The AER allows 21 days to complete well testing. Although a company can apply to the AER for a longer test period under specific circumstances, any flaring and venting during well testing must not exceed 72 non-consecutive hours.[11] Flaring approved by the AER must conform to Alberta Ambient Air Quality Objectives and Guidelines.[12] The challenge is that there are no requirements for ongoing air monitoring at wells that do not contain H2S, and in some instances it will not be known if these guidelines are exceeded. If you believe these operations are exceeding these standards, it is important to inform the AER immediately so that they may be able to respond to the complaint in time to measure the air quality event. Even in an instance where the individual project may still be in compliance, it can be helpful to register your complaints with the AER so they can see over time that this may be an area of concern.

Flaring intensity during oil and gas well testing has increased consistently since 2005; in 2014 well test flaring per well drilled was over 90% greater than in 2005. This is related to the increasing number of horizontal, multistage-fractured wells being drilled.[13]

Well test flaring may emit pollutants that can damage vegetation and affect human and animal health. As explained in Site Selection and Setbacks, setbacks are intended to protect people from exposure, but people may wish to be alerted during well tests. The AER requires a company to notify its local field centre, the local municipality, and rural residents before testing an oil well or sour gas well using a flare that will last more than four hours in a 24-hour period.[14] The requirements are different for oil wells and gas wells, but the minimum notification radius ranges from 0.5 km to 3 km depending on the composition of the gas being flared, duration of the flare and the gas volume discharged.[15]

Companies are not automatically required to notify adjacent landowners or occupants when they test flare for a shorter duration. However, the AER suggests that companies conduct “good neighbour” operations, where residents have identified themselves as being sensitive to or interested in emissions from a facility.

You may want to arrange for livestock to be located upwind or away from the flare. If you or others suffer from respiratory illness, you can negotiate with the company to ensure that it notifies you when it plans to carry out its well-test flaring so you can leave the area at that time. You may want to make arrangements for the company to delay the start of a well test or to stop a test if meteorological conditions are unfavourable and would result in pollution concentrating at ground level. Although regulations require companies to ensure ground level concentrations do not exceed maximum allowable levels, general ambient monitoring is not always required.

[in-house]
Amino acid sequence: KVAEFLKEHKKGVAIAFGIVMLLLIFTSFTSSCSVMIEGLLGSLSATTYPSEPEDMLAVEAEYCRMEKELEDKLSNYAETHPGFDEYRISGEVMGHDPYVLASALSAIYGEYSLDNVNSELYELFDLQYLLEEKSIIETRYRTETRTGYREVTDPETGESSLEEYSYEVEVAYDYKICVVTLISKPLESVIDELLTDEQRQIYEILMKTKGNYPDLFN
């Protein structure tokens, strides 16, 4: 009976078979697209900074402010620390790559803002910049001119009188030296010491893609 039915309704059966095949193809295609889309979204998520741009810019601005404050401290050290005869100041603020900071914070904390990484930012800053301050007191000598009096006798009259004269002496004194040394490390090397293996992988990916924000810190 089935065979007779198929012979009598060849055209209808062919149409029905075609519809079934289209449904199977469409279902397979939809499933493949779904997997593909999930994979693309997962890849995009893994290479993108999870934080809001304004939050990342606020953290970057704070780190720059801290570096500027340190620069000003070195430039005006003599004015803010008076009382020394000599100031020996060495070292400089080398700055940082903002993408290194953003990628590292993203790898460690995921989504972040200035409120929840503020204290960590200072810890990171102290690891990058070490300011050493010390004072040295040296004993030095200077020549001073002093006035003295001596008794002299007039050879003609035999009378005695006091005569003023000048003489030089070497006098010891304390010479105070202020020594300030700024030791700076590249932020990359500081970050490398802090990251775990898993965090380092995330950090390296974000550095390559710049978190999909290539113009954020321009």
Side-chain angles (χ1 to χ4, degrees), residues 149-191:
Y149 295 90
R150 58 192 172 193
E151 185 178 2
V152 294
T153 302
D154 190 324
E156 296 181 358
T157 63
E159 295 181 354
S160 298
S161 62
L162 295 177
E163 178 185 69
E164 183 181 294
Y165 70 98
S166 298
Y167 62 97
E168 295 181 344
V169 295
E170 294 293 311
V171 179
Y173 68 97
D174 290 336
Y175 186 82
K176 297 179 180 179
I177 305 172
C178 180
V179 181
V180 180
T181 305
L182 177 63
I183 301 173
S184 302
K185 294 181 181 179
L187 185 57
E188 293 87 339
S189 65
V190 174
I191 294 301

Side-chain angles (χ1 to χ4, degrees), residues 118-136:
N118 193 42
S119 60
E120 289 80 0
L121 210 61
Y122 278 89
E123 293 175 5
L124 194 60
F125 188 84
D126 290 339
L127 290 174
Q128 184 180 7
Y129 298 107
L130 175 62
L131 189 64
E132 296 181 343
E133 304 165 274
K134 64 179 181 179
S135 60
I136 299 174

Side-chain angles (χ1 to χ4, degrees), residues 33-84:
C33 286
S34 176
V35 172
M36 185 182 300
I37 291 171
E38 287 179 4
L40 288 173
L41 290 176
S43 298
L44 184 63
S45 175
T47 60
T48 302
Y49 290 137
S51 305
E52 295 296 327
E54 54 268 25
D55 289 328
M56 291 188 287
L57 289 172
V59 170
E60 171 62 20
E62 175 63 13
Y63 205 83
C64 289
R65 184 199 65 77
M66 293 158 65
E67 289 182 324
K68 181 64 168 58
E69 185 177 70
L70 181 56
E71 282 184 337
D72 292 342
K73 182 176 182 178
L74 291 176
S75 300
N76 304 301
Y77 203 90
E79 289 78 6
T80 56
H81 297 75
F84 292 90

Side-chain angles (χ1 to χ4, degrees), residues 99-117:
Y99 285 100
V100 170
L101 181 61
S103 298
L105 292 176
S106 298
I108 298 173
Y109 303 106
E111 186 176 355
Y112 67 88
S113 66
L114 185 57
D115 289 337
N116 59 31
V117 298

In an established area where pipelines are already nearby, a company may be able to greatly reduce well test flaring by conducting an in-line test through a pipeline to a processing facility. However, a short period of flaring will probably be required to remove any remaining fluids from the well after it is drilled, since the fluids could cause corrosion if released into the pipeline.

If small quantities of solution gas are measured in an oil well, it may not be economic for the company to collect and pipe the gas. Instead, a company may want to install a permanent flare stack or incinerator for production from such a well. Operators with continuous solution gas flares, incinerators or vents are expected to provide public information packages with the following information:[16]

  • the definition of solution gas, and information on its conservation and use
  • an explanation of solution gas flaring, incineration, and venting management options and the decision process
  • a summary of analysis completed to determine that flaring, incineration, or venting is needed
  • information on general flare/vent performance requirements and reduction targets
  • descriptions of specific actions the licensee or operator will take to eliminate or reduce flaring, incineration, or venting or improve the efficiency of the flare, incinerator, or vent source based on the evaluation
  • a list of industry, AER, and government contacts that are related to public consultation and relevant to the project.

Total solution gas flared and vented reached an all-time low in 2009, while the overall conservation rate has remained relatively stable at 95 percent through this period.[17]

Air emission issues at compressor stations are described in Compressor Stations. Dehydrators, which may be located at well sites, are described in Sour gas plants.


In most years, odour is the most frequent cause of complaints to the AER.[18] Venting of gases (especially from crude oil and bitumen batteries), tank venting, leaking tank seals or ineffective vapour recovery units on storage tanks can cause odours. If there is an odour it is important to notify the company and AER at once and ask that action be taken to locate and stop the source. If the odour is caused by H2S see What to Do in a Sour Gas Emergency for information on evacuation in emergency situations. If you are concerned that you or individuals in your household might be affected by the emissions, you may wish to leave the area. If you leave because of odours when there is no general emergency, you should notify the AER as to the reason that you left.